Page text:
9. I've read similar things in books, nominal around 8rpm, trial around 4rpm from the rack, around 2rpm thereafter. But I've never actually seen any trial data as such.
  10. Does anyone have an actual firing trial, in which the T-34 manages the rate of fire it can sustain in game? Given the poor ergonomics of the T-34, I find it incredibly high.
  11. If you take a 10kg shell hitting a 50t tank at 500m/s, with the projectile being stopped dead by the tank and no splinters created (momentum remains constant), the speed of the tank will change by 0.1m/s. Very noticable, but really not much more.
  12. I don't think the fuel type was the issue, sounded to me as if the issue was the poor fuel tank installation.
  13. A tank somewhat infamous for exploding was the T-34, which held the fuel tanks in the sides of the chassis. Half empty tanks contained an explosive air-fuel mix, which could lead to T-34's literally blowing up after a penetrating hit. Compared to other causes of loss, still a rare thing to happen.
  14. This is a chart for German fuses. The Germans, as opposed to all other nations, mainly used electric fuses. They were activated by a switch in a cockpit when the bombers approached the target. Until then, the bombs were safe. The switch had two voltage settings, 150V and 240V. 150V were for horizontal bombings, with longer arming times, 240V were for dive bombing, with shorter arming times. Additionally, it could be selected if you wanted the fuse to work without delay, or with delay. Specifics were depending on the fuse. If you look at fuse 28A, you can see if you select 150V without delay, it would need 1.6 to 2.8s to arm and then detonate instantly, if you selected 150V with delay, it would need 2.1 to 3.3s to arm and then detonate after 0.15s. Interestingly, this fuse has a fallback, if the arming time is too short, it activates a third option. After 0.7 to 1.3s it would already be armed, an detonate with a 14s delay. So if you selected 150V with mV setting, and it dropped more than 1.3s but less than 2.1, it would definitely go off with 14s delay. After that, there's an increasing chance the mV setting has armed, until at 3.3s there's a 100% chance it goes off with just 0.15s delay. These Vz option was intended for low level attacks, so that there'd be a short time for arming, but a long time for the aircraft to get away from the blast (including squadmates). However, with the particular fuse, standard arming times were so short, that using it was forbidden for low level bombing. No delay explosions could occur after a drop of only 5m (1.0s in the 240V oV setting). Other fuses had more options, including a setting where only long delays were possible. Neat stuff, it gave the German pilots a lot more options than their Allied counterparts, it was more reliable and safer to operate. Also not really more complex, yet more flexible, reducing logistic requirements. Unless of course you were only using three types of bombs in a single type of attack anyway, in that case the flexibility would be wasted. Other types of fuses/arming devices were built around clockworks, vanes, aerodynamic forces or safety wires attached to the aircraft pulling pins out of the bomb. Chemical fuses (long time fuses) also existed and it's mostly these which make WW2 duds dangerous even today. Broken mechanical stuff is likely to stay broken, but with chemicals you never know.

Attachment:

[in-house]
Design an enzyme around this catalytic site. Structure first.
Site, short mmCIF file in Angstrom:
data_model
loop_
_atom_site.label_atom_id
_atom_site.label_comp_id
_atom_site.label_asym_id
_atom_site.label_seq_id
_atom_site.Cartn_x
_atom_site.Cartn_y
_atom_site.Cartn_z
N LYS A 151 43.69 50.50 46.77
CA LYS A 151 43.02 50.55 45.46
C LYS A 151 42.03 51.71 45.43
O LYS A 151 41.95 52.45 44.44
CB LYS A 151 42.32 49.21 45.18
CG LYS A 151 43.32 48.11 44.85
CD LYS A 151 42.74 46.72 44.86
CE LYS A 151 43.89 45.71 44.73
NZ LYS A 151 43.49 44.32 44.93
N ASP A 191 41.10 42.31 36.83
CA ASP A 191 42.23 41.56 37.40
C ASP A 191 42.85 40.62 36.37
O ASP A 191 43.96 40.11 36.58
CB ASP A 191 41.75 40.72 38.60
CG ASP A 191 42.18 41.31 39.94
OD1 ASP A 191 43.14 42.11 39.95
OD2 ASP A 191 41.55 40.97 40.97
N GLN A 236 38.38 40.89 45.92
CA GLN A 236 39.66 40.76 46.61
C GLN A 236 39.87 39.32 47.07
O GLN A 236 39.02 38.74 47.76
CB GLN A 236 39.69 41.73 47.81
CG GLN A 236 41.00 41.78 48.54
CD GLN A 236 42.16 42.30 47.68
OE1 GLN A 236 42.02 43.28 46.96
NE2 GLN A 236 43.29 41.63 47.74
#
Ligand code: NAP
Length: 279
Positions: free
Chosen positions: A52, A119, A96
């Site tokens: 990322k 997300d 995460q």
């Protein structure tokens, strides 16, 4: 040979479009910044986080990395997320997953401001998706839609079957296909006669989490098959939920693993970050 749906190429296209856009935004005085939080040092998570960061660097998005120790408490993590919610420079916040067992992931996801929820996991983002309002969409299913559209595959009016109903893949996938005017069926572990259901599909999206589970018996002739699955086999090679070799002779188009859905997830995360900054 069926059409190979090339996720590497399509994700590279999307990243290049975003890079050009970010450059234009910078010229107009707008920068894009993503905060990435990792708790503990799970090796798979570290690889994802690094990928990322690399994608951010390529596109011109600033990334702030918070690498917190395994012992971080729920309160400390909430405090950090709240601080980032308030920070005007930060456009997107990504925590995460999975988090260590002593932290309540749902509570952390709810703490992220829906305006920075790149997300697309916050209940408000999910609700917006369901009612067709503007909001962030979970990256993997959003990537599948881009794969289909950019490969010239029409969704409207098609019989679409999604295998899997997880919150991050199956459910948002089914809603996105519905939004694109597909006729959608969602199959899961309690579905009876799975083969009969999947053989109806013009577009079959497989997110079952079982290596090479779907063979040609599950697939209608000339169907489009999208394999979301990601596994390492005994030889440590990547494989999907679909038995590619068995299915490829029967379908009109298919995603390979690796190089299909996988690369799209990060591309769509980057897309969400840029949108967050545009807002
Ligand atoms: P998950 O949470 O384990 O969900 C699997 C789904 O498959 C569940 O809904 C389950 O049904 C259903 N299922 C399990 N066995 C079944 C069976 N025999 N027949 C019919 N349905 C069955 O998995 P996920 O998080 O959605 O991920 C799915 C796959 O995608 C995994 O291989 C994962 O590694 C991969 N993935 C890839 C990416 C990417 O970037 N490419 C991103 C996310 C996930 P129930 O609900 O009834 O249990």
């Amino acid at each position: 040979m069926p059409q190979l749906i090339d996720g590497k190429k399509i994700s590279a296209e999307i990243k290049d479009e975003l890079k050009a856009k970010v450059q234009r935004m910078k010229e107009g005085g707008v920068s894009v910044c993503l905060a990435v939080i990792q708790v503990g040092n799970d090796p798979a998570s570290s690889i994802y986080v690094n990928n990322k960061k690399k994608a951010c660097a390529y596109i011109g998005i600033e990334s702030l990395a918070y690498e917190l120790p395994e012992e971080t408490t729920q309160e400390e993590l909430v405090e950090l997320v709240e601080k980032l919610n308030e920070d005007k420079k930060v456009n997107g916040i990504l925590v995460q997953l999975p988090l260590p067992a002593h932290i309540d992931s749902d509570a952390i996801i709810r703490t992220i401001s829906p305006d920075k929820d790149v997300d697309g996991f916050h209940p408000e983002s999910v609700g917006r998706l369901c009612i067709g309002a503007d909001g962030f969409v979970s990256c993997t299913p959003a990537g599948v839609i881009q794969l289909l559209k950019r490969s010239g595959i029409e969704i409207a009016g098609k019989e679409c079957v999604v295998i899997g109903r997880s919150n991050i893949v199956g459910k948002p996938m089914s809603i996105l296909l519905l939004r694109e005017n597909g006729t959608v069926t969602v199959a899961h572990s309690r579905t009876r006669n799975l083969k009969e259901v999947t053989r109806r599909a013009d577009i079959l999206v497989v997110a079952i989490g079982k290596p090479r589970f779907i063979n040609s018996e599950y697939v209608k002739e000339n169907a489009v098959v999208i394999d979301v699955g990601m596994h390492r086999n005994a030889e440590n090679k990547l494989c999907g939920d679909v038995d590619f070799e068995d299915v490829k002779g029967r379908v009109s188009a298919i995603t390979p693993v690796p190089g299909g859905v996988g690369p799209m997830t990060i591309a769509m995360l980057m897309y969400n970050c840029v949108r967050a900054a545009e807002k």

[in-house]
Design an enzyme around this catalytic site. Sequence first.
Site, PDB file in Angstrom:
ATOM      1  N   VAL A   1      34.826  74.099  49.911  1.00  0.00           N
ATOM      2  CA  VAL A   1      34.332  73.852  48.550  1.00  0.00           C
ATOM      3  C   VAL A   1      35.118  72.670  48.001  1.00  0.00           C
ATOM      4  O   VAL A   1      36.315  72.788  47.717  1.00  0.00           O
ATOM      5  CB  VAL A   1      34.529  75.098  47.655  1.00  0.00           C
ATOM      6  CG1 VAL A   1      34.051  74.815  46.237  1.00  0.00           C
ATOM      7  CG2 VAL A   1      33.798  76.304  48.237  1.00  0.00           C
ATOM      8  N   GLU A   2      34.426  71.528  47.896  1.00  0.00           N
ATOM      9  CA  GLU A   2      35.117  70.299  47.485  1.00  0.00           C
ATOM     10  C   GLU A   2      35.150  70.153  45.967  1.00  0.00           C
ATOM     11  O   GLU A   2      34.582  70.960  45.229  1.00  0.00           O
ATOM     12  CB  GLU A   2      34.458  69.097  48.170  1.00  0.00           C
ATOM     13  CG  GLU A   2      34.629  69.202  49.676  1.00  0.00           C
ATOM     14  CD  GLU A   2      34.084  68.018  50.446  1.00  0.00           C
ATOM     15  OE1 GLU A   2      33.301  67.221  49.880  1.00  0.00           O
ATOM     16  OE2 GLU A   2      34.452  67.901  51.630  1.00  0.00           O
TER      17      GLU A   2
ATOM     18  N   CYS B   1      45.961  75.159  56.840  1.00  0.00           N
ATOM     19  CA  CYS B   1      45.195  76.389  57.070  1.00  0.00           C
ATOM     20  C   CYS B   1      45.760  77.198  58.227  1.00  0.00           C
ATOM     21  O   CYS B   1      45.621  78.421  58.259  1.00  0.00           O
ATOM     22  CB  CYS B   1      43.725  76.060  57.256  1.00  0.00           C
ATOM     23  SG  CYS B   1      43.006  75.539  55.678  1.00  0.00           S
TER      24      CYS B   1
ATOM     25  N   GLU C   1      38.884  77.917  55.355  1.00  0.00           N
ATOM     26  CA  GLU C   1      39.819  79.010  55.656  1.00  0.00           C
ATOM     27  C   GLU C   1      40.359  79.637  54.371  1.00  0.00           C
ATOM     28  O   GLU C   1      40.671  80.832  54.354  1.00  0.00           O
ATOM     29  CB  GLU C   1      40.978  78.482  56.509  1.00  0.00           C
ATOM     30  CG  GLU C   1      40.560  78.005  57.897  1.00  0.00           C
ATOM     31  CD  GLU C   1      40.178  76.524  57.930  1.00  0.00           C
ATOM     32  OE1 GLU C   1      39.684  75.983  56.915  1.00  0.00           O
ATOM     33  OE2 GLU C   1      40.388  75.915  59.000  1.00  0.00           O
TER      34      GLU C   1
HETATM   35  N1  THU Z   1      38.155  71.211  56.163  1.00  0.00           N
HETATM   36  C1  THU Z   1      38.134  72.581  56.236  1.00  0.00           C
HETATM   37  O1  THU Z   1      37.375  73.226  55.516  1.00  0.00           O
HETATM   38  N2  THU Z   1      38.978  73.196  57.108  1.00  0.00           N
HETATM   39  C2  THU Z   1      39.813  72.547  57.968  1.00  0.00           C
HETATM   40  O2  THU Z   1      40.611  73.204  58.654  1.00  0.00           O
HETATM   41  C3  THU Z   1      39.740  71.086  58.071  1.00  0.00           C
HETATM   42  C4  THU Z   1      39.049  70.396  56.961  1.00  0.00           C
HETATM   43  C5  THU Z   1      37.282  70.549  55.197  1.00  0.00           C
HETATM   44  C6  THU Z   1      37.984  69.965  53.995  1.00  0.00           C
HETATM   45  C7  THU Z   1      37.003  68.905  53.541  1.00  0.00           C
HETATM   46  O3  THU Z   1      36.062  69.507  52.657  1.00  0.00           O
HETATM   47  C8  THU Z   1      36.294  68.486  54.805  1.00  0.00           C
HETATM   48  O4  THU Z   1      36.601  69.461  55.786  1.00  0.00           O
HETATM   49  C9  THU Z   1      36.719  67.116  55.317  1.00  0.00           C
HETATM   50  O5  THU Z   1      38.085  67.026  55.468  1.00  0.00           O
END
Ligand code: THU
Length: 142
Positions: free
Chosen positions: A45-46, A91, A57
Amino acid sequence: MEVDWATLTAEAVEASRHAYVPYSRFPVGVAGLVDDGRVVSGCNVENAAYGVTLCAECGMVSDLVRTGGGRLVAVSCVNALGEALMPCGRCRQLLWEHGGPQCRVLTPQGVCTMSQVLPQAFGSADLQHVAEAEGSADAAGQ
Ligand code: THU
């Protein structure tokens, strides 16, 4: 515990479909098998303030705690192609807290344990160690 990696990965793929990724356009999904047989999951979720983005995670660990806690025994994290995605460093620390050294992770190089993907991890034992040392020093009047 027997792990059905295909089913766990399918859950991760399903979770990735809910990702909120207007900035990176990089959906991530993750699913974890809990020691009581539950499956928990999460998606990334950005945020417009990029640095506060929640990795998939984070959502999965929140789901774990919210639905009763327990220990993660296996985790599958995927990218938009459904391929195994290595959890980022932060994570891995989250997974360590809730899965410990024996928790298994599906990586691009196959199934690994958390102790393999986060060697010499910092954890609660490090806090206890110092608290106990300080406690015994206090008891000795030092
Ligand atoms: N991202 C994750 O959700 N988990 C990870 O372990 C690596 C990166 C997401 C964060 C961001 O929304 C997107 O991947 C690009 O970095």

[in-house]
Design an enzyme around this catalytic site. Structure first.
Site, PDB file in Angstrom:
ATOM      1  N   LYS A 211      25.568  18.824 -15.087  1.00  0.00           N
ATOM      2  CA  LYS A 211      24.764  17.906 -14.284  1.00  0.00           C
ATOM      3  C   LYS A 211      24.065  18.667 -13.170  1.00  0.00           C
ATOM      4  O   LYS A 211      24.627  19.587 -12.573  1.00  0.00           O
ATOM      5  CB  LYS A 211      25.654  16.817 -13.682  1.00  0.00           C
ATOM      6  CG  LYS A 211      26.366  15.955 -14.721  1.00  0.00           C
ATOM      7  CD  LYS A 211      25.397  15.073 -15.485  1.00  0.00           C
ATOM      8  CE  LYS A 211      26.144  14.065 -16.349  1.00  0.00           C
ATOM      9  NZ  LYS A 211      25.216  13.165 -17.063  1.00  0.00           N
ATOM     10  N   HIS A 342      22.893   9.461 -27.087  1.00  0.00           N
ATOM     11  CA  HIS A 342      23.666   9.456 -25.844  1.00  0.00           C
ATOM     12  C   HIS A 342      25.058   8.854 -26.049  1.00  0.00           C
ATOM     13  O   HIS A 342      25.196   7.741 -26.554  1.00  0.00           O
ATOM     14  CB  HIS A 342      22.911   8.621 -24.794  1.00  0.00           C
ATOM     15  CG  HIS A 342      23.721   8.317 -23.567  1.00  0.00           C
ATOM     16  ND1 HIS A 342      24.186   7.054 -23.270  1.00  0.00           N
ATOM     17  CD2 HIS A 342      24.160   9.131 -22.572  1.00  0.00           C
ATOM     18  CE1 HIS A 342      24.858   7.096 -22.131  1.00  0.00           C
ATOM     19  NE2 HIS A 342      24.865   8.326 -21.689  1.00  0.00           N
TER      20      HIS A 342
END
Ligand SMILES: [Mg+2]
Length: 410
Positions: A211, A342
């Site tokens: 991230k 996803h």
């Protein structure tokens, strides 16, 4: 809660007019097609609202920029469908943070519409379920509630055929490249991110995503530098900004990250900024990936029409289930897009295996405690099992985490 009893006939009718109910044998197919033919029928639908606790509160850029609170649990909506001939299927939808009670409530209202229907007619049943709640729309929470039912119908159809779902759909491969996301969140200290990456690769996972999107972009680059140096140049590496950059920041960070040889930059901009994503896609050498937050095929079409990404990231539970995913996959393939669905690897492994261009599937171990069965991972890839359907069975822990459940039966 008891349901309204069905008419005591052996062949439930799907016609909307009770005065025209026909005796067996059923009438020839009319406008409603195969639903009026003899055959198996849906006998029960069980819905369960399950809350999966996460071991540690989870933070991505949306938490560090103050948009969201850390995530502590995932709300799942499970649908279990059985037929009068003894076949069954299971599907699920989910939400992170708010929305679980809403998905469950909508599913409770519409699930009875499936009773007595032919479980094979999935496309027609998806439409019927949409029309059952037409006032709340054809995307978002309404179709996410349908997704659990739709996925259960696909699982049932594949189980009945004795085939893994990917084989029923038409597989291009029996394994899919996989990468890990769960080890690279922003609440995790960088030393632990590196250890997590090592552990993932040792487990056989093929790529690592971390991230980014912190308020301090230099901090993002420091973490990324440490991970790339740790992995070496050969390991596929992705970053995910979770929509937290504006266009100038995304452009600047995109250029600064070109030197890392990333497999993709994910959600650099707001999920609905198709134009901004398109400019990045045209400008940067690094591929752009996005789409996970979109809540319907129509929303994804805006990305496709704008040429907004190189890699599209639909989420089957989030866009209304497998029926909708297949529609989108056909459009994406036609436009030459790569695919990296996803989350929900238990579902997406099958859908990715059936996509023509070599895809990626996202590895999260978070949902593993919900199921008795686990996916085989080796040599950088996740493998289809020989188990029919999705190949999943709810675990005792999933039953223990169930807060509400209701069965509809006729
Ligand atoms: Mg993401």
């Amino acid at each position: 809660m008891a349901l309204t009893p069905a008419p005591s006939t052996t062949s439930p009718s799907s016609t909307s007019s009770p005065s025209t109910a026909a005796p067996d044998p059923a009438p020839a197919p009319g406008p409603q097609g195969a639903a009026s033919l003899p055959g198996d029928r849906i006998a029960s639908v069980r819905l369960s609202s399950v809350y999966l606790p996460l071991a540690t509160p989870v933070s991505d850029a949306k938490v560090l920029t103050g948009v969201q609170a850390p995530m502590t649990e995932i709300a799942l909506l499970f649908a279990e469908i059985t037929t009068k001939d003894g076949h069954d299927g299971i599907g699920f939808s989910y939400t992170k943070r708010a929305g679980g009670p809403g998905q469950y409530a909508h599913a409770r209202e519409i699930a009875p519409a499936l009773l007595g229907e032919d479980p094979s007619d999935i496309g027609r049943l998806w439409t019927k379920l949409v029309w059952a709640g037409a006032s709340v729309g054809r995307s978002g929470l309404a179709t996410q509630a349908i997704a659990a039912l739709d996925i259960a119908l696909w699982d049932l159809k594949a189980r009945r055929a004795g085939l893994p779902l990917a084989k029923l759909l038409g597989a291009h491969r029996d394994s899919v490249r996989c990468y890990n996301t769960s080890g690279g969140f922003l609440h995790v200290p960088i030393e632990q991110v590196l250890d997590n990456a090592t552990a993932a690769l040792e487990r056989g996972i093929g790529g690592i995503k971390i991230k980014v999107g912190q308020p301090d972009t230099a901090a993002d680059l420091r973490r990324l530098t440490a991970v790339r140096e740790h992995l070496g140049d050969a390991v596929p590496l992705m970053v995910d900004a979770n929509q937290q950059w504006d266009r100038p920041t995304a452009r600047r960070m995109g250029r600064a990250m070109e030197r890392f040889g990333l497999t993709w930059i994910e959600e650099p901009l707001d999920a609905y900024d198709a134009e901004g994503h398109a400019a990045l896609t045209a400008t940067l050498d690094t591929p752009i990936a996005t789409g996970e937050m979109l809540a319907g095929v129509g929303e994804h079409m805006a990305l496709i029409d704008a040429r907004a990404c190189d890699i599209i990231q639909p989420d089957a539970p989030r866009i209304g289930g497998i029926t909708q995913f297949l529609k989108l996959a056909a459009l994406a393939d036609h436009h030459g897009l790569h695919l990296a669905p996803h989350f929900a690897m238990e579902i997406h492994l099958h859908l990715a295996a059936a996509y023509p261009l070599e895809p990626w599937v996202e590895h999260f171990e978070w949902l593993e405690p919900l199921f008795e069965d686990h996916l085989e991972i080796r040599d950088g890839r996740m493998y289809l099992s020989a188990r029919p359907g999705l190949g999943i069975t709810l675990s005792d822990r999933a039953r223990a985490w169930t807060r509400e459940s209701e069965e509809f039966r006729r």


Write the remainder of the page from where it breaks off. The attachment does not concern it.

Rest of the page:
15. If you are pulling the same g at the same IAS up high as you do down low, you're pulling a larger radius at a higher true air speed (TAS) at the same drag. Not only will you require more power to sustain it (drag * TAS), you'll also go through a larger circle (g ~ TAS² / radius), which will take longer. Assume TAS to be 30% higher at the same IAS up high (roughly 5km), and at the same g your turning circle is 69% larger (1.3²). It also means you'll need 30% longer to go around this 69% larger circle once (1.69 / 1.3), so obviously your turn rate is down by just as much. And you'd still need 30% more power to achieve all that. Now if you're saying "I'll just pull more g" - given that the best turning speed usually is near the stall speed, you can't really do that while going "at the same IAS". Maximum g at the same IAS is not higher at high altitude. And you'd need an even more powerful engine on top of everything else.
  • Create New...